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Tuesday, Jan. 28, 2003

Monju ruling delights antinuclear activists


Staff writer

OSAKA -- Antinuclear activists were euphoric over Monday's ruling against the Monju reactor by the Kanazawa branch of the Nagoya High Court, saying the decision will have a ripple effect on similar lawsuits.

News photo
The Monju fast-breeder reactor in Tsuruga, Fukui Prefecture, is shown in this file photo taken in August 1999.

"Today's decision will strengthen the resolve of antinuclear groups fighting against nuclear power plant facilities in their own prefectures, especially Rokkasho village in Aomori Prefecture," said Hideyuki Ban, codirector of the Tokyo-based Citizen's Nuclear Information Center.

No rulings are expected in any of the Rokkasho lawsuits anytime soon, but Ban said his center's immediate strategy will be to use Monday's to support the lawsuits of those fighting the Rokkasho case.

"The Monju decision was based on clear, logical arguments," he said. "It is a very strong legal precedent that other courts will have to consider."

In the meantime, representatives of antinuclear organizations involved in the Monju suit will travel to Tokyo on Wednesday to meet with Diet members and officials of the Atomic Energy Commission and the Cabinet secretariat.

"We will present a petition that will, essentially, call for Monju to be scrapped," said Aileen Mioko Smith of Green Action Kyoto, which is part of a movement pushing for the Monju project to be abandoned.

But Smith and Ban expressed doubt that the historic decision, the first-ever victory by a citizens' group in a nuclear power plant lawsuit, would lead the national government to reconsider its program on fast-breeder reactors, which burn plutonium instead of conventional uranium fuel.

"I don't expect the national government to suggest a review of Japan's fast-breeder reactor program because of the decision," Ban said. "There is great debate within the government over the necessity of Monju, but today's decision will not make those who have stayed silent come out in opposition."

A fundamental review of the fast-breeder safety review process is more likely. Smith said the court effectively concluded that the government had not properly carried out a safety screening of Monju, ruling that it would have to redo the safety review from scratch.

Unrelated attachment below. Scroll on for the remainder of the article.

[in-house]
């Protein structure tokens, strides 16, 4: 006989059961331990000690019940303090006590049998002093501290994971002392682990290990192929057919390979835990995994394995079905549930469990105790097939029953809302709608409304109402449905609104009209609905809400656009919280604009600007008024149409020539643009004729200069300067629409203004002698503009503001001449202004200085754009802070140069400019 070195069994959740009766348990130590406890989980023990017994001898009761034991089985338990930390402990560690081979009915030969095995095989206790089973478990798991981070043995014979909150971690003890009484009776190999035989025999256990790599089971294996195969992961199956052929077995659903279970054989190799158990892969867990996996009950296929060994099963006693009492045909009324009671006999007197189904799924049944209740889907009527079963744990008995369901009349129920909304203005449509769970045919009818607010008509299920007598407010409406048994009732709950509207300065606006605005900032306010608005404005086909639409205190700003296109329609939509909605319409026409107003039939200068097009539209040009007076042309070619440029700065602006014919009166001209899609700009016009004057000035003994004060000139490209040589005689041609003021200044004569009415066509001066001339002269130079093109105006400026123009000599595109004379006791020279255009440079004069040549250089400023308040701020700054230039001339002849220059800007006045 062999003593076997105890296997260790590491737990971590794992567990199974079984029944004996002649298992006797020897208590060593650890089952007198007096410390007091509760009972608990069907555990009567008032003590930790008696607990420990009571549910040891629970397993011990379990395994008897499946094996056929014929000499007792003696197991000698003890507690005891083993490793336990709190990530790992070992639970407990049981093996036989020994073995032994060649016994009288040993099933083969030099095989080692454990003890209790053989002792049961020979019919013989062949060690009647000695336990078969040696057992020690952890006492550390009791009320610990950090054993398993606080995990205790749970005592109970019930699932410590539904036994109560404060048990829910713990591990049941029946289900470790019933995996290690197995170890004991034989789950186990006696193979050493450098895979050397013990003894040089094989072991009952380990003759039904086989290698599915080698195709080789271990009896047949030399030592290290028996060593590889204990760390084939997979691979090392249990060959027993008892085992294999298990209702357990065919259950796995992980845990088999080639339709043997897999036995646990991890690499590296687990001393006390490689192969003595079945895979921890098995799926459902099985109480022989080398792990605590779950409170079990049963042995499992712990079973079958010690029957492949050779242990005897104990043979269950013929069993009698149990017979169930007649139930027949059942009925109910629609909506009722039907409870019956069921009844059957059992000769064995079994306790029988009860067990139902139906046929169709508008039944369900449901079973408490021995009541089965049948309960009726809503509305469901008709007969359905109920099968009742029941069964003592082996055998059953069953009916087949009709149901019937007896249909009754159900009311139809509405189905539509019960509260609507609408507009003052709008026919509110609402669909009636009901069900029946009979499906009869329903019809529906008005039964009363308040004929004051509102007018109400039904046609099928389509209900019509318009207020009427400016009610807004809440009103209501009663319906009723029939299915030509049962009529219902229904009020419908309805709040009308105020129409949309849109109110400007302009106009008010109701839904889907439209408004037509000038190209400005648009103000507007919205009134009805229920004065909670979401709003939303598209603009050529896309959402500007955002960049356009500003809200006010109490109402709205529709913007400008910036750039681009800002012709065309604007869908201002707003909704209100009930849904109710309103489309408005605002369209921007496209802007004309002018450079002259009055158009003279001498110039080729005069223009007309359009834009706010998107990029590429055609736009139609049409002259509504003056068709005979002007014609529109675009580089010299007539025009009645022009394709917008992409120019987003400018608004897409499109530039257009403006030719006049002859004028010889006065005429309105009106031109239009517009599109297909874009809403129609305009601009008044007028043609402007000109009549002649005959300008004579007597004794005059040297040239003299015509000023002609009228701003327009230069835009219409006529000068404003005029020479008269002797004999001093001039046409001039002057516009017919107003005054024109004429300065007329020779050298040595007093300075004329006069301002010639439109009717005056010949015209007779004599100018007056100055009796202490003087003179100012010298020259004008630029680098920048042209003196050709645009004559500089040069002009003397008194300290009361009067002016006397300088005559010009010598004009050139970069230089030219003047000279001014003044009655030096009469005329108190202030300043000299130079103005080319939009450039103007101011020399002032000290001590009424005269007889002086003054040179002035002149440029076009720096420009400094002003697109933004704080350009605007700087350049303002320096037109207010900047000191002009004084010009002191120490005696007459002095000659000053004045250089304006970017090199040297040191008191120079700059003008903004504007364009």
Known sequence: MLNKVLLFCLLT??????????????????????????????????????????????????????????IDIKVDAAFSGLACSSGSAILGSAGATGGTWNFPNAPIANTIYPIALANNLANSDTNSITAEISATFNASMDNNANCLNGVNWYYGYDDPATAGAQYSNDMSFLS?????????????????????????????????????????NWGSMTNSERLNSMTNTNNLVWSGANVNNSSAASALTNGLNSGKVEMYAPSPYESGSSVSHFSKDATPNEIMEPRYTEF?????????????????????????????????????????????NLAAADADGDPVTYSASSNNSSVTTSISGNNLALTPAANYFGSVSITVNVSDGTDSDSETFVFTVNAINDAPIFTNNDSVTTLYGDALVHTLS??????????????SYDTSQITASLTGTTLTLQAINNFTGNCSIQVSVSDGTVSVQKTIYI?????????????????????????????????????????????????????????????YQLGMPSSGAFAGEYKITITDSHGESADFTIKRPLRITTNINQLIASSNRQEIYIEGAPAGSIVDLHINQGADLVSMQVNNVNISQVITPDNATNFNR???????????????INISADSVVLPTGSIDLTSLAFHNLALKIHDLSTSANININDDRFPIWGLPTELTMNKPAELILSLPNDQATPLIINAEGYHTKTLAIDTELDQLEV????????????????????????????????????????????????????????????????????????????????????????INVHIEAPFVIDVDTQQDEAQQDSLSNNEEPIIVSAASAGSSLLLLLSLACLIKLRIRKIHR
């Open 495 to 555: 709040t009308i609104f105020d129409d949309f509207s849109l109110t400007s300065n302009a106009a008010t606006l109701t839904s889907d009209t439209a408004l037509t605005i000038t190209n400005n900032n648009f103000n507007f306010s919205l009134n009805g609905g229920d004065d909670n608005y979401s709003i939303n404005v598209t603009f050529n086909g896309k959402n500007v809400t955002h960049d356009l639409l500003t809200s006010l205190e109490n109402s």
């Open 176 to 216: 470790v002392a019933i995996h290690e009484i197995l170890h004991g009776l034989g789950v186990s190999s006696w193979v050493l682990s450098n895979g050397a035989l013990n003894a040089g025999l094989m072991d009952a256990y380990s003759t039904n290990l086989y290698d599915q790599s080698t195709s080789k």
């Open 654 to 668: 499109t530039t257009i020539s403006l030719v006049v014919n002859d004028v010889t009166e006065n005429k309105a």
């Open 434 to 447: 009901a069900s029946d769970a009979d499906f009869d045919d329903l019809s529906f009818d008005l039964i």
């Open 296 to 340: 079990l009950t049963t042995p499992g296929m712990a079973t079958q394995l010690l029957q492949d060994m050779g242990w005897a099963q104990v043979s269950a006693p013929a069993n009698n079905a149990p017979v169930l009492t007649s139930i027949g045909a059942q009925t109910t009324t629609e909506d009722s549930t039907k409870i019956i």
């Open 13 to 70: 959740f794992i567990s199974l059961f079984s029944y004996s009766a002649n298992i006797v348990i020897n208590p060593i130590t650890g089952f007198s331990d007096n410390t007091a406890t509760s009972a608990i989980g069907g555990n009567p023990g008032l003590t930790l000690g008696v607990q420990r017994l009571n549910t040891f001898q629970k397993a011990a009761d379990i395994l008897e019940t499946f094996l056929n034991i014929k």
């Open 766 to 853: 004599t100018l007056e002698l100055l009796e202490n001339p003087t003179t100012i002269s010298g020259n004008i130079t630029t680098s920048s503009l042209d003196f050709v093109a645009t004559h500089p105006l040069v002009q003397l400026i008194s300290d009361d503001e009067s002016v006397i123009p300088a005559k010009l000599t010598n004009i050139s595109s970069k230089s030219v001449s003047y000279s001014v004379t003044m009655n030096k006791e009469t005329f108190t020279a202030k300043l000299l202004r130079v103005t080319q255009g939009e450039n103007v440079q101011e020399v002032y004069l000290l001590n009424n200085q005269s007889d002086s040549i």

"To do such a review will uncover all of the construction flaws, forcing Monju to be rebuilt," Smith said. "But to rebuild Monju would be far too expensive -- financially and politically."

The ruling is not the end of the legal issues surrounding Monju. The government is likely to appeal the decision to the Supreme Court, and a separate civil suit over general safety issues at Monju is yet to be decided.

Still, Ban is optimistic that the civil suit, which is being heard by the same court and the same judge who issued Monday's ruling, will be won by the plaintiffs.

"After years of losing in the courts, antinuclear activists won a major victory Monday, one that will likely carry over to the civil suit," he said.

Power industry upset

The power industry expressed disappointment Monday at a high court ruling nullifying the government's approval of the trouble-plagued Monju fast-breeder nuclear reactor.

"The outcome is very hard on us," Yosaku Fuji, head of the Federation of Electric Power Companies of Japan, said in a statement. "Fast-breeder reactors are an important option for the future, next to light-water reactors, from the viewpoint of efficient use of uranium resources."

Fuji issued the statement after the Nagoya High Court ruled that the government's 1983 go-ahead for the construction of the reactor in Tsuruga, Fukui Prefecture, was invalid.

Fuji said that the industry association will continue trying to win people over to nuclear power.



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